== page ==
At the point when a loved one needs help with activities of daily living such as meals, medication, dressing or hygiene, there are a wide array of choices, but the two most common ones are in-home care or assisted living. Families often go to heroic lengths to make in-home care work, but before you start down that path, I do think it makes sense to look at some of the pros and cons.
Discussions about in-home care versus assisted living often seem to assume that aging in place is a less expensive option, but as an article at Caring.com points out, that is not necessarily the case. Here at Village Green Retirement Campus, we believe we offer exceptional care for our residents at affordable rates. To read the complete article, click here.
Pros of moving to assisted living:
Flexibility to adapt to changing needs
For all of us, change is constant. But, when your loved one starts experiencing health issues or a general decline, one thing can trigger another and your loved one’s ability to manage can deteriorate very rapidly. Now, not all setbacks are permanent, but even when the prognosis for recovery is very good, it can take longer than you expect. One big advantage of assisted living is that the level of assistance provided can be quickly scaled up or down, depending on what the resident needs.
Availability of expert assessment
In assisted living facilities you have access to geriatric care specialists who can help you determine the level of care and assistance your loved one needs to ensure their safety and well-being.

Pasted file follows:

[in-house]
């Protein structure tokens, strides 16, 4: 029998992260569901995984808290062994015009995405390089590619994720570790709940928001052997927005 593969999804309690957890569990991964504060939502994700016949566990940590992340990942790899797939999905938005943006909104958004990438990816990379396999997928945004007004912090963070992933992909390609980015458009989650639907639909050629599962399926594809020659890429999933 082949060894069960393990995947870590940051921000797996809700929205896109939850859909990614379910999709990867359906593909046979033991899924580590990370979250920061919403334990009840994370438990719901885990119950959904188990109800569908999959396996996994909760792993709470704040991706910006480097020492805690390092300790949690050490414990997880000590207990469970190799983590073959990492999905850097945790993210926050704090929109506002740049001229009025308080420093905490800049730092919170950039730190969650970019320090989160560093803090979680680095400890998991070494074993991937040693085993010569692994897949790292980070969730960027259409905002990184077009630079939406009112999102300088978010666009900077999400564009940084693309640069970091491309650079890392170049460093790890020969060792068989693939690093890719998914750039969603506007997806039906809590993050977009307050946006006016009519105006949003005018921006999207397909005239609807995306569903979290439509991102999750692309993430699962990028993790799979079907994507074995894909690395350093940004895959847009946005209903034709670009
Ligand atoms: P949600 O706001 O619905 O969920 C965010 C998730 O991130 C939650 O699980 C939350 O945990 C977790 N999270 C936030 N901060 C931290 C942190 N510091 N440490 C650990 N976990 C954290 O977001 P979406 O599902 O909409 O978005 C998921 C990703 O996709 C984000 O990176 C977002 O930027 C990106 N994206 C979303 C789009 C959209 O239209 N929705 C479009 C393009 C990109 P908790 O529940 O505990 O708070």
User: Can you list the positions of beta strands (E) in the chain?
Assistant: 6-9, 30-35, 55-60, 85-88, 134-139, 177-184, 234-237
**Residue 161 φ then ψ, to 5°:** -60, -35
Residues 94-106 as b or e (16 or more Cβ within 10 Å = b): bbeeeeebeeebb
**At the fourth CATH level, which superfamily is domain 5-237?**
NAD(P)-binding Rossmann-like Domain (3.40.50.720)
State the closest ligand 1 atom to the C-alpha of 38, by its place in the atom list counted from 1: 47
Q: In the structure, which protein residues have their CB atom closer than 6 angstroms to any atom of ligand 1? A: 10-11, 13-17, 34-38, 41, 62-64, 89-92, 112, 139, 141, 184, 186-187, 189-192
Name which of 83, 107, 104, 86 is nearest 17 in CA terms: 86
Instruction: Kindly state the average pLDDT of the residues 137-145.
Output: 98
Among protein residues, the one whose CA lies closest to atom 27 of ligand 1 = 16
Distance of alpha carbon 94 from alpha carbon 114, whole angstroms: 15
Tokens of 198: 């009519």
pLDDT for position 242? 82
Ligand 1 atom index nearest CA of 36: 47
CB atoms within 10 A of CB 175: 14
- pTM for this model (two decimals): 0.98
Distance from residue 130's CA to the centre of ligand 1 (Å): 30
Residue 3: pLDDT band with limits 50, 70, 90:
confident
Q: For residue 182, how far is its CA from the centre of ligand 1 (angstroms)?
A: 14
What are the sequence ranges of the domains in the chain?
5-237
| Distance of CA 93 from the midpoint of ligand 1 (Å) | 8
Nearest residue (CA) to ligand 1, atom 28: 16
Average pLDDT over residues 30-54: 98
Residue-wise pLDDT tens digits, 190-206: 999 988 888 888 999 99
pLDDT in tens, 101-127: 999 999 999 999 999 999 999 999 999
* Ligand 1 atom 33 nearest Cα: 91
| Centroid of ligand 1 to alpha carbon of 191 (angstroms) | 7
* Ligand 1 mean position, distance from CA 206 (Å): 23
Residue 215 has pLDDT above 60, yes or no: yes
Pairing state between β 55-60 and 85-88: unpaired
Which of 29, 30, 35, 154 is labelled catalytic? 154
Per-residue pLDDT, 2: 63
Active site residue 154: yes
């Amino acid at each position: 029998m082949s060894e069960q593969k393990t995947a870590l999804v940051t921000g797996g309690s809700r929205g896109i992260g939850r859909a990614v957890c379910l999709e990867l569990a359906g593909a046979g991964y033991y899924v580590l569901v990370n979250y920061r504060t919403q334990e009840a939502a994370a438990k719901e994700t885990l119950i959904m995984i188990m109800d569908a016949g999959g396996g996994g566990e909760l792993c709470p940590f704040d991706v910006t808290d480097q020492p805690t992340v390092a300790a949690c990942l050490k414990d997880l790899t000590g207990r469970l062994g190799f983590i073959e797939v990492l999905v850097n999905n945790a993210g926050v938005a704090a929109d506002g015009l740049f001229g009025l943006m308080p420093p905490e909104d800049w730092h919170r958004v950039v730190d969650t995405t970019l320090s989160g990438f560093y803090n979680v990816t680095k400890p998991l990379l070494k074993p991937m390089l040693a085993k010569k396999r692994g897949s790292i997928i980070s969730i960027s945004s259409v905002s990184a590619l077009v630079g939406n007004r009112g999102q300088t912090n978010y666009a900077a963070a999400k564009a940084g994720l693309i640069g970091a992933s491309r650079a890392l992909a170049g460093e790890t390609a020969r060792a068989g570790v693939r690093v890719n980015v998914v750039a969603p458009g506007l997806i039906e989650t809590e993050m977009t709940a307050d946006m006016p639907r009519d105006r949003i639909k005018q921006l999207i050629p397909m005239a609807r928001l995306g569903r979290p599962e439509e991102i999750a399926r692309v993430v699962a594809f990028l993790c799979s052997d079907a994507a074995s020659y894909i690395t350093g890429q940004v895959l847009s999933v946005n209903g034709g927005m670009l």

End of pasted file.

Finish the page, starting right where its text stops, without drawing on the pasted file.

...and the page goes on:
No need for home maintenance
As people get older, routine household tasks become more difficult to manage, as do repairs, yard work, or serious cleaning. Unfortunately, too often that responsibility gets overlooked or put off, and it can result in costly repairs or deteriorating home value.
Availability of full-time and 24-hour assistance
This is a biggie. If your loved one needs help for four or five hours a day, it’s likely that he or she would benefit from the availability of 24-hour on-site assistance. Your loved one might not need someone sitting in the next room while they sleep, but many of us would sleep better knowing that if we had a problem in the night, help was just moments away.
Cons of assisted living
Typically, the cost goes up as care goes up
There are different price structures, but it is common for facilities to charge a monthly rental fee that includes housing and meals, but not personal care. If a resident requires assistance with medications, dressing, bathing or other activities of daily living, the cost will increase, depending on how much assistance is needed. That protects a resident from paying for assistance that they don’t need, but it does mean the cost can go up over time.
Cost comparison between assisted living and in-home care
According to the article, if your loved one only needs a couple hours of care each day, and wants to stay at home, it might make sense to arrange for in-home care. However, if your loved one needs more than 20 hours a week of care, it’s time to start weighing the obvious costs as well as the hidden costs.
According to the article, in-home care can easily run $20 per hour or more, which adds up to $240 for a 12-hour day or $7,200 for a 30-day month. Then you’ve still got to account for those other 12 hours each day. Typically, those other 148 hours are monitored by an unpaid family caregiver, either in person or through constant phone calls. There is a cost, but it may be hidden.
If you pencil out the cost of hiring a caregiver to provide 24-hour care, you’ll find that assisted living is the far less expensive option.
And, I would argue, the better option in many cases. For me, the biggest “pro” for assisted living is our emphasis on helping seniors stay active and engaged with one another and the world.
At Village Green Retirement Campus we’d love to show you what we have to offer.